Why Do Men Stay Too Long in Toxic Abusive Relationships?

By Mila Koljensic

My best friend was in a Toxic Abusive Relationship (TAR) and was willing to blame himself for the all problems because he was the man.

He tried everything to make the relationship work, to figure out why he invested so much time when it clearly wasn’t getting any better. It took a few years, but he realized that his efforts were designed to (unsuccessfully) compensate for his own unmet emotional needs of feeling unloved as a child.

Because of the pain that he experienced in the toxic relationship, he accepted that no other person could ever meet these old needs, even though that is exactly what a part of “little him” secretly hoped for whenever he dated someone.

A study led by the American Sociological Association found that women start nearly 70% of divorces.

Why Men Stay

What are the reasons men stay in toxic abusive relationships, and what factors fuel this extreme exit fear? Consider these:

Some men are fixers.

Men tend to cling to something that’s already gone, hoping the relationship can be fixed. But that can only create resentment. My friend stayed in a toxic abusive relationship for over six years — just in case things got better. The irony is that this belief creates a TAR pit (endless loop) of wasted time and added trauma.

Men are programmed to deny their vulnerability in order to avoid shame and stigma. Women usually have no problem opening up to their friends and family when faced with an emotional crisis; men tend to keep topics of conversation light when around their peers.

During the most difficult times, men will put on a brave face and possibly overindulge in self-destructive vices or overwork. Men tend to confide in and open up to only a few people completely; when his most important relationship implodes, and he loses his main confidante, the long-term ramifications can be devastating.

Some men tend to avoid conflict.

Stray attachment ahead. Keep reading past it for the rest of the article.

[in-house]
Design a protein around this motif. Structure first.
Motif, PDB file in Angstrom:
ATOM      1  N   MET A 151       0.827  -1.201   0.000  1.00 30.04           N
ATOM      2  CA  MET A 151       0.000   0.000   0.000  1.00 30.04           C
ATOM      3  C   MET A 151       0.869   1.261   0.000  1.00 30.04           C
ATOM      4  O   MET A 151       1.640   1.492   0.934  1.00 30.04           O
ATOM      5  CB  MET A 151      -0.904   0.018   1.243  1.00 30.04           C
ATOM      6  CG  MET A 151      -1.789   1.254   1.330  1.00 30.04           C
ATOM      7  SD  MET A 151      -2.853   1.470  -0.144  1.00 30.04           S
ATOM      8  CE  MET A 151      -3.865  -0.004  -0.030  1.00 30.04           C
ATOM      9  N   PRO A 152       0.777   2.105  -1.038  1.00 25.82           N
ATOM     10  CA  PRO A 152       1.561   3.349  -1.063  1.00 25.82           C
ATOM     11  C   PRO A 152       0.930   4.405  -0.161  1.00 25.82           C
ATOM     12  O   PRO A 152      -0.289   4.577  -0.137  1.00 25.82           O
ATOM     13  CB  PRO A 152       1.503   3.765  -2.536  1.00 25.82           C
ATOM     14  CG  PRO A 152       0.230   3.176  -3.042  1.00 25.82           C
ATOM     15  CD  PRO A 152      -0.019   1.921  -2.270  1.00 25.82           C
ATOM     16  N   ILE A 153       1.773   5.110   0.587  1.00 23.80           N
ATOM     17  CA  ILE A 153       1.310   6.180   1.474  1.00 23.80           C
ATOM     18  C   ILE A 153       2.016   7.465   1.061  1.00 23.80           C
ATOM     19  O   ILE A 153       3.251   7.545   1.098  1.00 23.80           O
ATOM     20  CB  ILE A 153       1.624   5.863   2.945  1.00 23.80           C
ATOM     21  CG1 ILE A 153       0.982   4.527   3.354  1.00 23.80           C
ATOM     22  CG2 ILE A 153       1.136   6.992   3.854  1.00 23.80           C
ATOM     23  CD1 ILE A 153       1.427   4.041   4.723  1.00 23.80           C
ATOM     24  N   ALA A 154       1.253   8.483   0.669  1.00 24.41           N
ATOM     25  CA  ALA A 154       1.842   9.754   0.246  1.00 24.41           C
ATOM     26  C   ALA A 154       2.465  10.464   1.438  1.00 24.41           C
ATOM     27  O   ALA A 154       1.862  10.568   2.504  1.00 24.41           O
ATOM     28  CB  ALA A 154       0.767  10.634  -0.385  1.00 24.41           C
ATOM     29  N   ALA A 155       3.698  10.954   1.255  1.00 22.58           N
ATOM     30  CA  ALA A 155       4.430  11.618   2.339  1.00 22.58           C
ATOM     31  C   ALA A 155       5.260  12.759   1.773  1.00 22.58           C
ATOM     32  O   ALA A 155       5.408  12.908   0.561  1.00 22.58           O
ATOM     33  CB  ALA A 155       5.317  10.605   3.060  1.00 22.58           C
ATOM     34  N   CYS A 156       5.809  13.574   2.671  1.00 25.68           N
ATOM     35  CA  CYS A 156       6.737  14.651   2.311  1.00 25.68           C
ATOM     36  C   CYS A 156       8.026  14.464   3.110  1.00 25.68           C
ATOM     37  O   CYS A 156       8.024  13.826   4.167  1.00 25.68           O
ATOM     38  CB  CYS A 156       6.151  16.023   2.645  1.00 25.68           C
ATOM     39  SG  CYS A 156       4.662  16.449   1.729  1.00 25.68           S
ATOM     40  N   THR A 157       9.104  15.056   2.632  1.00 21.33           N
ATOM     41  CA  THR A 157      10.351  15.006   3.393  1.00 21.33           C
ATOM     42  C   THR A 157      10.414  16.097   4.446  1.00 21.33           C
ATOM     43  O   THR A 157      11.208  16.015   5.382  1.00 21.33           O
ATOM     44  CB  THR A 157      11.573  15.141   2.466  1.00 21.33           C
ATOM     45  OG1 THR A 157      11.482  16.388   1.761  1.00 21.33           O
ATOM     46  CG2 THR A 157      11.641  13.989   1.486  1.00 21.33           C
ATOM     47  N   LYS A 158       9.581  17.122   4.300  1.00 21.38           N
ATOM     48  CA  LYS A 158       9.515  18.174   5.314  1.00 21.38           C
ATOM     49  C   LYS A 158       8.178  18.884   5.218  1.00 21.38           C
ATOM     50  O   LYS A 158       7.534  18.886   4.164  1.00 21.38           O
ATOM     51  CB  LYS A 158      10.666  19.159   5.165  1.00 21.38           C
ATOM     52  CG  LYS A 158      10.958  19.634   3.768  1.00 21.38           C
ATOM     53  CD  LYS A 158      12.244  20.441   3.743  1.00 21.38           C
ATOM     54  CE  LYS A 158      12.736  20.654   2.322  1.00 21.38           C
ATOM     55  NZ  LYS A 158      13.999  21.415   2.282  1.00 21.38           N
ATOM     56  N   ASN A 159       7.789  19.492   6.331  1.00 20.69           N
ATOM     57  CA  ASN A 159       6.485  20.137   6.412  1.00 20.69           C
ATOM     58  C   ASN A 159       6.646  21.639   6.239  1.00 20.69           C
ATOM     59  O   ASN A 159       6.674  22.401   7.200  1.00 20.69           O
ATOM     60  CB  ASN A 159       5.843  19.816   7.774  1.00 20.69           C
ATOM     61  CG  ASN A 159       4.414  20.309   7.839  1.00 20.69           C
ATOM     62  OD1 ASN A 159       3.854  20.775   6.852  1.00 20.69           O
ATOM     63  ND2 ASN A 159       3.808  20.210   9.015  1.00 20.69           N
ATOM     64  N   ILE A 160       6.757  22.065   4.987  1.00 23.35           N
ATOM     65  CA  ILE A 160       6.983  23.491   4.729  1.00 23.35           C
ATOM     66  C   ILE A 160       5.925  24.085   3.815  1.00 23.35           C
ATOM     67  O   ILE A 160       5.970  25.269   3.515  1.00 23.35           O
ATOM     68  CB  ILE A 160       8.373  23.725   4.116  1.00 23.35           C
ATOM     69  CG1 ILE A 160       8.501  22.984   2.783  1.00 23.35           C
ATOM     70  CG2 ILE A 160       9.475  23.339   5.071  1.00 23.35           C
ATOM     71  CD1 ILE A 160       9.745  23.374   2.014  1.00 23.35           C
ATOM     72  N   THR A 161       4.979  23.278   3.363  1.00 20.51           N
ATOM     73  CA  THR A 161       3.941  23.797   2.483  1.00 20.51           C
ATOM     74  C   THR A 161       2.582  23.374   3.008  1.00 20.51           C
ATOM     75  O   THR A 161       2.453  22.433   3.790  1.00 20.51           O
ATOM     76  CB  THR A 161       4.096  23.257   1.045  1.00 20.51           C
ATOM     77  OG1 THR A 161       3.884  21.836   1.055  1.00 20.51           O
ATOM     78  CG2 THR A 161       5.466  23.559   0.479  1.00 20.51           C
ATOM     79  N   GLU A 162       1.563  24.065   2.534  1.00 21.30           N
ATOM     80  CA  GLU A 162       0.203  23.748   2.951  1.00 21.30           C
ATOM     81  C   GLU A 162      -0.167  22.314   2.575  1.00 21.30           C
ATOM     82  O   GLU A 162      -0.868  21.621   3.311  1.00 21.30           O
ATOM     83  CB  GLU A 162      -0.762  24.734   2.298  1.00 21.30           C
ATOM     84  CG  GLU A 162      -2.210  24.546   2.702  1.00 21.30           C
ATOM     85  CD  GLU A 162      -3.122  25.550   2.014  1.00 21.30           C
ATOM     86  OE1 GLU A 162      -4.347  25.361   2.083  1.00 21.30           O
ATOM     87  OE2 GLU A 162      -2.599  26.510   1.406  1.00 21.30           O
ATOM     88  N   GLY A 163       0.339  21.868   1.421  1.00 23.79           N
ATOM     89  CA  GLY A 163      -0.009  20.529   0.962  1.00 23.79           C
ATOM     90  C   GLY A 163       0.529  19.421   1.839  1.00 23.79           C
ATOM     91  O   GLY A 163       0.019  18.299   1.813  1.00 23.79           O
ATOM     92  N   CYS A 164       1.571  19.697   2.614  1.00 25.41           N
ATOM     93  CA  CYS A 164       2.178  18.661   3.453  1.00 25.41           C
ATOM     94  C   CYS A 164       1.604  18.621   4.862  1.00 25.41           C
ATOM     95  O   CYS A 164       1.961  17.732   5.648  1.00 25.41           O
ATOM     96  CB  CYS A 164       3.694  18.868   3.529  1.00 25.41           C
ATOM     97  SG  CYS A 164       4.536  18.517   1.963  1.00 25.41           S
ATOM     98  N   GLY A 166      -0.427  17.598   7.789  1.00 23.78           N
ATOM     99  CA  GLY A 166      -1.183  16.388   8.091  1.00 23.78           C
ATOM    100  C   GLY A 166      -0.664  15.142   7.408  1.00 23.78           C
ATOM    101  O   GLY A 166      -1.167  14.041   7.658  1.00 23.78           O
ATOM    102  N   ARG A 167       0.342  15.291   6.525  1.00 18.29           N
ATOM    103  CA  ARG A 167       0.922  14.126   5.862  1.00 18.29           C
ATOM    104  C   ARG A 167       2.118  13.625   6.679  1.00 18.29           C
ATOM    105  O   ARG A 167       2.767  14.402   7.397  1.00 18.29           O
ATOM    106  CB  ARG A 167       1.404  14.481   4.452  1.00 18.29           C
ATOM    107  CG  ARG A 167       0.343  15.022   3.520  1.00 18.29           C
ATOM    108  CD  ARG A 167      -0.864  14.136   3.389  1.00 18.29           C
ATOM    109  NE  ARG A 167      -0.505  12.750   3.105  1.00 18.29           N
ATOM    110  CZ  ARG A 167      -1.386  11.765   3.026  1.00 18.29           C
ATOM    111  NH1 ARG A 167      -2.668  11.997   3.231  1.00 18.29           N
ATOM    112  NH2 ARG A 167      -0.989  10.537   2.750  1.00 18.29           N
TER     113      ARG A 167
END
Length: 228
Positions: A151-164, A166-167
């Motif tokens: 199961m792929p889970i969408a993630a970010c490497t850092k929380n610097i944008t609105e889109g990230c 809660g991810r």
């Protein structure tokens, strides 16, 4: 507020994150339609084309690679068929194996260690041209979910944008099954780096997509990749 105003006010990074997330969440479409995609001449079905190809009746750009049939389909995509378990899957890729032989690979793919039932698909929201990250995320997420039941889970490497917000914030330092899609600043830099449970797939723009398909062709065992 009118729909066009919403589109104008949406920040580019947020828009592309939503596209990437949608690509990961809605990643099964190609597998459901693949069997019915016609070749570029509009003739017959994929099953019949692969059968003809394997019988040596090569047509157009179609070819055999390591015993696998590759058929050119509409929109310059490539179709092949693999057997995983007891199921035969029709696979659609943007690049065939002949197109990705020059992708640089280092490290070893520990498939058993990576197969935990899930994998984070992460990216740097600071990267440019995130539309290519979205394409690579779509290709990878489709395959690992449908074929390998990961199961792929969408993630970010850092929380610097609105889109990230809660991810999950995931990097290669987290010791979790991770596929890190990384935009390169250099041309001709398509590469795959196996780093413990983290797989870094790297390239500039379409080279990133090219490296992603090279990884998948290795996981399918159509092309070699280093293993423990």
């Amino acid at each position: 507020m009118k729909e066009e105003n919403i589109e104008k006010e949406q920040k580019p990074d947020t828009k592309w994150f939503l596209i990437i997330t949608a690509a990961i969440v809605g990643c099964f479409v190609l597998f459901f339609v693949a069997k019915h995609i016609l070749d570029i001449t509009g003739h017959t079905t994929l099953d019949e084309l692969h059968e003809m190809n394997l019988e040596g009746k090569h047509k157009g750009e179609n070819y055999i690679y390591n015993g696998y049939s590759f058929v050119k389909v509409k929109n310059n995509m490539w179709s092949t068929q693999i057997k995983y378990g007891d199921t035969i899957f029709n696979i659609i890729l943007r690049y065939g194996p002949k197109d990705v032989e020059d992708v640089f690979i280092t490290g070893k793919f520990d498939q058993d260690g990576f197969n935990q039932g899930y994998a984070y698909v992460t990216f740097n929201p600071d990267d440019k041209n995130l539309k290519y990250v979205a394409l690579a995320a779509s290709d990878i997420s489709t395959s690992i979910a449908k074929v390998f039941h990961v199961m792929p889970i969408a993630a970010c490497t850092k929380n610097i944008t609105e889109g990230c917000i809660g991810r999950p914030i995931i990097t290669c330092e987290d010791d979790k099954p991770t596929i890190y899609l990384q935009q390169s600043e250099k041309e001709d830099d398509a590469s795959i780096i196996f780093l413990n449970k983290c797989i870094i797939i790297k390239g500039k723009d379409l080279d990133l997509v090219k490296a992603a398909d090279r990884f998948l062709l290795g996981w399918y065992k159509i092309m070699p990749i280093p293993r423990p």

Few things in life are more conflict-laden than breaking up with someone you’ve been with in a committed relationship. The longer you’ve been together, ending the relationship becomes a complicated process.

It is sad that many men stay in unhappy relationships for far too long because they fear the pain involved in breaking up and moving on. Some are even attracted to being in toxic abusive relationships because they don’t know better.

Face it — no relationship is perfect or happy 100% of the time. While there may be many valid reasons to stay in a relationship, fear of conflict, losing a confidante, and fear of what other people think should never inspire anyone to stay in a toxic abusive relationship.

Without access to appropriate mental health services, some men falsely believe that they do not deserve better. Their fear and lack of awareness may lead them to seek out other toxic abusive relationships; this cycle can be broken with appropriate support and care.

Some men get too comfortable being abused and don’t do anything about it.

Complacency. 

These terms can be used interchangeably when describing some men in the throes of a toxic abusive relationship. Sir Isaac Newton’s first law of motion defines inertia as a property of matter that causes it to resist changes in velocity unless acted upon by an external force. Applied literally — with all other influences being equal — an object (man) is either at rest (on the couch after a long day) or moves with a constant velocity (goes through the motions) unless acted on by an external force.